It’s not just the substance or the fact that the exam (and each question) is timed that makes it hard, but the fact that you need to get 35 out of 40 questions right to pass. And this 35/40 is misleading. Many questions are actually compound questions, or questions with 1, 2, 3 or 4 correct answers, and you need to get them all right to get that question right. So in reality, it’s closer to 55 out of 60 questions that you need to answer correctly to pass. Add to that the fact that you nervous, in a basement room at the police station and using a remote control device to punch in your answers. And did I mention, of course the exam is in French!
Time was running out. I was determined to get my license before Christmas, or at least before February 3, 2013. Why this seemingly arbitrary date? It would be the 20-year anniversary of my first driver’s license! So I buckled down and started cranking through he online exams. At first I was doing horribly. But the more I did the exams, the more I got the hang of it. In fact, I actually started memorizing the questions after a while, which was bad. I wasn’t even looking at the substance anymore, I just knew the answer to the question with the firetruck was “B” and the answer to the question with the windy road in the mountains was “C” and “D”.
Before you can sign up for a spot to take the exam at the police station, Edukar requires you to pass two practice exams at their agency: you need two 35/40s. I suppose it’s smart, as they have limited testing dates to offer their students.
Some of my friends complained that it wasn’t fair I was scoring better than them when I had not been studying for as long. To which I replied “BUT I DRIVE! You don’t. You should be happy I am scoring well.”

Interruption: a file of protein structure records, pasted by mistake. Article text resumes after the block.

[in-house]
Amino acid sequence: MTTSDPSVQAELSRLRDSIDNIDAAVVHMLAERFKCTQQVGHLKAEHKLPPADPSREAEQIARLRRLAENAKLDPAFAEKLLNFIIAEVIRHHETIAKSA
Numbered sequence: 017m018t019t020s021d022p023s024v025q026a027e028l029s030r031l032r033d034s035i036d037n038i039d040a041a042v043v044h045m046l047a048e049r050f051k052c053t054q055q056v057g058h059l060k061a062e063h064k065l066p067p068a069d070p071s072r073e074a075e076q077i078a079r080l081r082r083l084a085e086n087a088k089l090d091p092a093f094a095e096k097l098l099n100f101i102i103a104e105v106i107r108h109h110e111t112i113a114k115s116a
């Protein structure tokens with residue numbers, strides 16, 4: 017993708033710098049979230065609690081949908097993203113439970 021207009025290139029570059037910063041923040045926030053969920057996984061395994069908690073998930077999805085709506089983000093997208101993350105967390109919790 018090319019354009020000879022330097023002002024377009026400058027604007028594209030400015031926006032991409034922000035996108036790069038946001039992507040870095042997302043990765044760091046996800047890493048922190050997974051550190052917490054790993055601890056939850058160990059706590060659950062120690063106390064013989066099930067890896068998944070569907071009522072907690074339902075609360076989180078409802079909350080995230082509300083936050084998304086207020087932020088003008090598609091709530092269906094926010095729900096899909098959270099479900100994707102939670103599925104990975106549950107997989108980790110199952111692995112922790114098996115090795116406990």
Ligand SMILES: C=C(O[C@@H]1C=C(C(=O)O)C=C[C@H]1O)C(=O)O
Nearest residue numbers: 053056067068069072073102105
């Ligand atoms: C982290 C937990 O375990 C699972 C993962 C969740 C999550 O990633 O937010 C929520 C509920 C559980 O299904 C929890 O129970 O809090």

In the end, I studied seriously for about 2 weeks, meaning I did about 6-10 practice exams each day, most days. Each practice exam takes less than 10 minutes, or 20 minutes if you listen to the explanations of what you got right and wrong.
When I was finally scoring consistently over 35 on the online practice tests, I went to take my first exam at the auto école. This is helpful because it simulates the actual test-taking situation to a degree. First, because there are other people around you and you can’t hit “pause,” and second, because you can use the actual télécommande or remote control to punch in the answers and get used to that process. I got 37 on the first in-class practice exam and went back the very next day to take my next exam – before I forgot everything!
The school gave me a test date for a week or two later. I showed up to the préfecture (police station) at 92 Boulevard Ney early as I did not want to take any chances. (I also thought it wise to take the metro and not drive to my driving exam.) It’s not the nicest of Parisian neighborhoods. When they finally opened the building, I still had to wait almost an hour past the scheduled time for the exam. We were assigned seats, given our remotes and led through a practice question to test the remotes. Then the exam started.
There are rumors out there that the actual exam is easier than the practice exams the auto écoles give. I’m not sure if this is true. Certainly some of the questions are easier, but the fact that they are phrased in a slightly different way from the practice questions you will become intimately acquainted with can throw you off a bit, especially non-native French speakers.
At the end of the exam, the monitor calls you up by school, enters some code into his little machine that looks like a cash register, and announces in front of everyone if you passed or not. The cash register spits out a receipt with the exact number you got right. I got 37. It still bothers me that I will never know which 3 I got wrong.
Still, I passed! But that is not the end of the story. Stay tuned for Part 2 next week: the actual driving exam.